Newspaper Page Text
"VOL.. XliVII. NO. 4.
EOCK ISIiAXD, ELL.., FBIDAT, OCTOBEB 21, 189 8.
PRICE THREE CENTS.
PEACE JUBILEE OVER.
End of tns Chicago Festival Prac
tically Comes When the
i President Departs.
TAXES TBAHT FOB THE CAPITAL.
Ij.llchted with III. Esperieares la the
'Western Metropolis Ttlg Gathering of
Railway Employe Hears the President
Talk for m Few Minutes and Later He
Holds a Kereptlon Weather Comes In
Winner and Bicycle Farade Is OK
Cliicafso. Oct. 2L The president of the
t'nited States last night bid adiu to
the city of Chicago, and expressing de
light with hi visit here took uo his
journey for the east and the national
capltol. Chicago's peace fete has passed
Into history. The lights may glow pos
sibly a number of nights hereafter, but
the peace Jubilee is over. Notwith
standing frowning skies and drenching
rains, the great multitude which viewed
the pageant of Wednesday and those
who were privileged to participate In
the many features of the Jubilee will
Cv.-M upon it in future as a season
when every other impulse was made
subordinate to patriotic ardor and
heartfelt expressions of loyalty to the
Big Crowd nt the Station.
President MtKinley and the members
of his party. left for Washington over
the Pernsylvania road. The crowd
which has followed him every time he
has appeared in public was with him to
the last, and it required the efforts of
ISO lMjiicemr-n to restrain the throng
which packed the slati. n to suffocation.
Just as the train pulled out the presi
dent appeared on the rear platform of
the last car and bowed rerteatedly as
the crowd cheered him. The president
ppeTit tnut h of the Iay in rest and re
ceiving friends of the family. There
were more than the usual numlr of
ll-ar an Arbitration Memorial.
On leaving the First regiment armory
where he met the railway men he went
to the Auditorium to meet a number of
friends, and while there was presented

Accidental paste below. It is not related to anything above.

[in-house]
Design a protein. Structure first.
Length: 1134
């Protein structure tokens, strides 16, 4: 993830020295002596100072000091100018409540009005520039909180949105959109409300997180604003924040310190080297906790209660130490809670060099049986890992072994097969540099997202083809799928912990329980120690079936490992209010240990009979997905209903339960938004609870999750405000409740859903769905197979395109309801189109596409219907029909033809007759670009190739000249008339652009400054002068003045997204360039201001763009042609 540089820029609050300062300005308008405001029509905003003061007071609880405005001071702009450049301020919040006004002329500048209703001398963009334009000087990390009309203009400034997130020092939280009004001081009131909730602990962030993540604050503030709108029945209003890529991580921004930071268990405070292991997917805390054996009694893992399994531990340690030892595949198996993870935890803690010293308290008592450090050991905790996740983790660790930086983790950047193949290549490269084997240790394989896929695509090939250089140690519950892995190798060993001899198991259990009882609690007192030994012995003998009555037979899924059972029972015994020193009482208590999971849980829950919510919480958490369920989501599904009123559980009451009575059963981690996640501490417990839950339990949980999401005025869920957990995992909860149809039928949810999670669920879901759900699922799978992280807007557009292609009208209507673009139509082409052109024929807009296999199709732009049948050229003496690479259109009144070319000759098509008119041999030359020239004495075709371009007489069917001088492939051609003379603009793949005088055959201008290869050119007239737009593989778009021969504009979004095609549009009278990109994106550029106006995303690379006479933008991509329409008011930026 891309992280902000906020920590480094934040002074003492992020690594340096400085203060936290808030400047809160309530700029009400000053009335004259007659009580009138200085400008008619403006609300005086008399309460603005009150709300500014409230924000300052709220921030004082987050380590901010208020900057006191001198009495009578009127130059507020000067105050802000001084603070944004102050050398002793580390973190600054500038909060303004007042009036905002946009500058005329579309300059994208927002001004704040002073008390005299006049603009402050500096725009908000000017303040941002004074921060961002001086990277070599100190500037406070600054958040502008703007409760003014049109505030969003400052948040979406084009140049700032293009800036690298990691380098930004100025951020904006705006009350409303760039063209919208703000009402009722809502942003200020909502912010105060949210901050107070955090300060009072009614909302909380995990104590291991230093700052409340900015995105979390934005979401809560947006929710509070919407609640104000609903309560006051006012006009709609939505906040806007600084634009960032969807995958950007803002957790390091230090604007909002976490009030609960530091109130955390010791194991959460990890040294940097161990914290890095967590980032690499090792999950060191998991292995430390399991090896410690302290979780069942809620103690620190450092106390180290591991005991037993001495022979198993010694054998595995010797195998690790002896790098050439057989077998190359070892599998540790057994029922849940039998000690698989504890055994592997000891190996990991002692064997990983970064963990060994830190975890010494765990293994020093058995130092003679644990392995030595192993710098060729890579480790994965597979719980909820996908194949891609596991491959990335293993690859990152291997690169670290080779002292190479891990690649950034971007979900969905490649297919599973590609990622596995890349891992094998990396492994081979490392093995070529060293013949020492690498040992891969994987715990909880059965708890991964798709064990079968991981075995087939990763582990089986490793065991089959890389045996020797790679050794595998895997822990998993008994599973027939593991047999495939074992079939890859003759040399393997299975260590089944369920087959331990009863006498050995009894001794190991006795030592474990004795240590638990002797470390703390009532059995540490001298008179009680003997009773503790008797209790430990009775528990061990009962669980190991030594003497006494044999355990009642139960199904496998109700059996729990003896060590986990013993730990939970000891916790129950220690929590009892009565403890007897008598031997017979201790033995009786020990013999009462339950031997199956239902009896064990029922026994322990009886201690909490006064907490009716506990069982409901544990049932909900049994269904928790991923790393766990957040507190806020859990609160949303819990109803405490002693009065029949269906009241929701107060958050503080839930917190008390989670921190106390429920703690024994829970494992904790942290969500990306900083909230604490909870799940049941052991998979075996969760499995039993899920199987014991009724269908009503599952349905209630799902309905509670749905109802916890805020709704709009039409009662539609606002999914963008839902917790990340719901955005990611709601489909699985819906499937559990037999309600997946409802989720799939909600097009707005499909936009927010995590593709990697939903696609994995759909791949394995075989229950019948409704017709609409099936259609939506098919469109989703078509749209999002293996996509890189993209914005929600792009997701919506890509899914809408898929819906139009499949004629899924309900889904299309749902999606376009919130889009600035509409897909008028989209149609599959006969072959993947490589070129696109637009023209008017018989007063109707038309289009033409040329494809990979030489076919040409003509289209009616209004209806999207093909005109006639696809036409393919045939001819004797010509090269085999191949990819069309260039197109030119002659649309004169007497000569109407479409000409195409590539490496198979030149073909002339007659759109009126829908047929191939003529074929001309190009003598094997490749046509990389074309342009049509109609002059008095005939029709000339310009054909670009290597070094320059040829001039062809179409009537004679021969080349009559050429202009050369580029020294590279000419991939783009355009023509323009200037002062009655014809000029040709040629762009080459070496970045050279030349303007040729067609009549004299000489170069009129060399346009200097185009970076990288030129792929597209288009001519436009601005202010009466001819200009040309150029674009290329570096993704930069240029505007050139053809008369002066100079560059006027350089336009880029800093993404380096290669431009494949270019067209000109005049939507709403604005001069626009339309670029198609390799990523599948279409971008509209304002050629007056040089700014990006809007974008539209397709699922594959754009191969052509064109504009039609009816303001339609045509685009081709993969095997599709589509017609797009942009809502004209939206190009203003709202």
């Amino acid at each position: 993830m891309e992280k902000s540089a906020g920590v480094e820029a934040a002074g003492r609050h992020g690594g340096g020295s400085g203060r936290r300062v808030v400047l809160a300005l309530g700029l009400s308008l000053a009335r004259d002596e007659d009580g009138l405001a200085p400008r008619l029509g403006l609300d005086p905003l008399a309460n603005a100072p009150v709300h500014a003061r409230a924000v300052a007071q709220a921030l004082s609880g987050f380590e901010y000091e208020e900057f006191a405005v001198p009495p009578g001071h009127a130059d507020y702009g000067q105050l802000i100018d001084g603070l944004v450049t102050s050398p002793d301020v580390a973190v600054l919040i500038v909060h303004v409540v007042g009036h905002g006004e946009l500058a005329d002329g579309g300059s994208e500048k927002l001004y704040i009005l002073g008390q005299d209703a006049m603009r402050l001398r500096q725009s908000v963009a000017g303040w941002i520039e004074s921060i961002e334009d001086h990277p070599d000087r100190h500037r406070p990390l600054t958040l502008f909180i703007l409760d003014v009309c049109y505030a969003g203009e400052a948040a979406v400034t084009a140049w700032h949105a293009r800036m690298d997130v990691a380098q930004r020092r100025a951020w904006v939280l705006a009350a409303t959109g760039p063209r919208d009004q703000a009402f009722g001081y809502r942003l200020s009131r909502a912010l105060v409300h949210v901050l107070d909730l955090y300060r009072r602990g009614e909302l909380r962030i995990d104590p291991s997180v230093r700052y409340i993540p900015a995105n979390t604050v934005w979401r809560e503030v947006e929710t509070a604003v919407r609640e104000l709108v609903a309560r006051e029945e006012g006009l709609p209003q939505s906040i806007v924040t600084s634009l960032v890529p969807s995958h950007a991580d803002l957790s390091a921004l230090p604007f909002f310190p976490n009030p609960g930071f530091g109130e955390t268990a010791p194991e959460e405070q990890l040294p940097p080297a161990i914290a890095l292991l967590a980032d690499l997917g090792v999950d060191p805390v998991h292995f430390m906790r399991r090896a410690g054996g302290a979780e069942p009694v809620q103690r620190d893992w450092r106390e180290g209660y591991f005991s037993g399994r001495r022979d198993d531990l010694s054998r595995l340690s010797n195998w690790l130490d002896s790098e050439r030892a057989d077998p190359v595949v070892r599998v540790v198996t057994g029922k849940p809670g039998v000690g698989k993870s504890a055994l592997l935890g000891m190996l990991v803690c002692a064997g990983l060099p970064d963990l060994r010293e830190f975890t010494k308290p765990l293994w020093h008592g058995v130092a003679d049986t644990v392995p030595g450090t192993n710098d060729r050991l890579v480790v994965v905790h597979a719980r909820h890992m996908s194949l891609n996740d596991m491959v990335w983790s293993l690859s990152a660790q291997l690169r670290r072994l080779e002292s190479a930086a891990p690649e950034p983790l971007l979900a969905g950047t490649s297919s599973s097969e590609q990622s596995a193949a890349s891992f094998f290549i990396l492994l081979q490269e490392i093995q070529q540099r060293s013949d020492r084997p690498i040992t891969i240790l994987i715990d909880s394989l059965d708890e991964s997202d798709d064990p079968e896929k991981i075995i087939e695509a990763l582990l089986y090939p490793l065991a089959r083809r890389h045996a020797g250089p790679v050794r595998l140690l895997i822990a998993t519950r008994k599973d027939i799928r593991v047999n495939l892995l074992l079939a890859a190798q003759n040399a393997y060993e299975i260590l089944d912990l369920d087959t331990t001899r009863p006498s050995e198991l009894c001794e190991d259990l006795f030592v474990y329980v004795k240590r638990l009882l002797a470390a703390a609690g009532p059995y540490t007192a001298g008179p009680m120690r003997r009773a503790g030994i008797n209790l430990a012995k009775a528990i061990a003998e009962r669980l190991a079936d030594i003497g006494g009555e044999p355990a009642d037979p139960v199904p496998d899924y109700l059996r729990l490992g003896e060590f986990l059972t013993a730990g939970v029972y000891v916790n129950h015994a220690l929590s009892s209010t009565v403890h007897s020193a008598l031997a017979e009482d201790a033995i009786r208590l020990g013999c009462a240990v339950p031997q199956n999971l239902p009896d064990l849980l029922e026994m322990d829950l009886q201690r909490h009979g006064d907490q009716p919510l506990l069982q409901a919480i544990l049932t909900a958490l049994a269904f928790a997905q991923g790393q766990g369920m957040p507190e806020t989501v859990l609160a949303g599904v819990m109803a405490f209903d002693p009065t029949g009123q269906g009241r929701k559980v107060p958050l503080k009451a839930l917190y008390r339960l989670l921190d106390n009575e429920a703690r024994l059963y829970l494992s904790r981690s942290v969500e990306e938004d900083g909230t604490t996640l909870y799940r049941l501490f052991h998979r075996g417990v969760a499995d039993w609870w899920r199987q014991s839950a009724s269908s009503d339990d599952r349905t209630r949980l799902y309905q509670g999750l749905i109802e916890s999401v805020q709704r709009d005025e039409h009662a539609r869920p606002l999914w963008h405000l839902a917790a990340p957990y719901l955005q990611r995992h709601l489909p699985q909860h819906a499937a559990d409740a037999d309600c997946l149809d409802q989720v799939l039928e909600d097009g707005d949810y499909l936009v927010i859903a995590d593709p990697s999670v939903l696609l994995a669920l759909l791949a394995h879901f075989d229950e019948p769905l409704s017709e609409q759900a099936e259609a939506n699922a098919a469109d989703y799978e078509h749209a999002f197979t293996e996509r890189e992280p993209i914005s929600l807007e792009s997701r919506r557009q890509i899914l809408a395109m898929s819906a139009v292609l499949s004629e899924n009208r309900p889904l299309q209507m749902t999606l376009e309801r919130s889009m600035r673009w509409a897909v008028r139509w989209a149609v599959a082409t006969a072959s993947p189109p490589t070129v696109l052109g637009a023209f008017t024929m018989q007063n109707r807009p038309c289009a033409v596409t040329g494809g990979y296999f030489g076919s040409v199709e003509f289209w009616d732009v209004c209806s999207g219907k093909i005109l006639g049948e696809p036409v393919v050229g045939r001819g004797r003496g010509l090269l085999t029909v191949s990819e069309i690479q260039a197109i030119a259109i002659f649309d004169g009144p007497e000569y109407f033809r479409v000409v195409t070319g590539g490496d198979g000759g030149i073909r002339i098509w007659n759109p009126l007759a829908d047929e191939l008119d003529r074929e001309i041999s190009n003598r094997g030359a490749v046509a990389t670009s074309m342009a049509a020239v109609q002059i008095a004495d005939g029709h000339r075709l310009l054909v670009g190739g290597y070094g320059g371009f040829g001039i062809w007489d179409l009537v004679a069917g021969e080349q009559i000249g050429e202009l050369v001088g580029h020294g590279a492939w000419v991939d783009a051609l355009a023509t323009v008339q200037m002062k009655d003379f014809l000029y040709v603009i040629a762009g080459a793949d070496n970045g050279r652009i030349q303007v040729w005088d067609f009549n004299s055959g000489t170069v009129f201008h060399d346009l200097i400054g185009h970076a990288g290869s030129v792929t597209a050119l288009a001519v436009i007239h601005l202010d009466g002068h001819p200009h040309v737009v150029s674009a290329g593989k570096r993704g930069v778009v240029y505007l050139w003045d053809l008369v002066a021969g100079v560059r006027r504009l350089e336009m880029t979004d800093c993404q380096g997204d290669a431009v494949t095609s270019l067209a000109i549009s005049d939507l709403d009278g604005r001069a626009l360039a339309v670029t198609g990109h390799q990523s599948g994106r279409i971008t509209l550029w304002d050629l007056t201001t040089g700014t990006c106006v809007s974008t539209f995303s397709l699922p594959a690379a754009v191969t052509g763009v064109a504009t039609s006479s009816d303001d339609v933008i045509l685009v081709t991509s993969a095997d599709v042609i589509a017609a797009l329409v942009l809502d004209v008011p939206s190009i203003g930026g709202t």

with a memorial in favor of in
ternational arbitration, and after
listening to the reading of the
memorial said: "I am indeed very glad
to meet this representative delegation
and give you the assurance that the
subject of your memorial shall enlist
my early and earnest consideration.
You are doubtless aware that I have
Informed the czar of Russia that the
T'nited States will be represented in the
proposed congress of p-ace." During
the remainder of the day he rested
quietly at the McWiHiams residence
until it was time for his train.
I'arade of Wheelmen Abandoned.
The greeting of railway men at the
First regiment armory, which was the
concluding event of the peace Jubilee,
served to show that theesteem in which
the president is held Is equally great
among all classes of men. Inclement
weather and impassab'.e roads interfered
with the plans for an illuminated de
monstration by wheelmen last evening.
The bicycle parade wan called off. and
nil interested cycling clubs were in
formed by telephone that the scheduled
event would not take place because of
the continued "Jubilee weather." Peace
Jubilee managers ilanned for a grand
down-town Illumination enhanced by
the bicycle parade last evening. The
continued bad weather and fall of rain
were severe disappointments.
SPEAKS TO OIC(iAMZEI) LABOR.
Thousands of Railway Men Oather at the
Armory to fie the President.
President McKlnlcy addressed thou
sands of organized railway employes at
the First regiment armory yesterday
afternoon. The wildly enthusiastic re
ception given the chief executive was a
fitting close to the series of ovations
which have been accorded him during
the days of Jubilee week. It was said to
be the first occasion upon which Presi
dent McKlnlcy has addressed organized
labor under similar circumstances. He
expressed his appreciation of the honors
extended to him and briefly commended
the spirit of enterprise and fraternal
feelirg which has made the organiza
tion of labor a power. McKinley scarce
ly had ceased when he was greeted
with deafening applause. Hats went
into the air. handkerchiefs and flags
fluttered upon all sides, and cheers fol
The president spoke about 200 words,
and among other things said: "Therali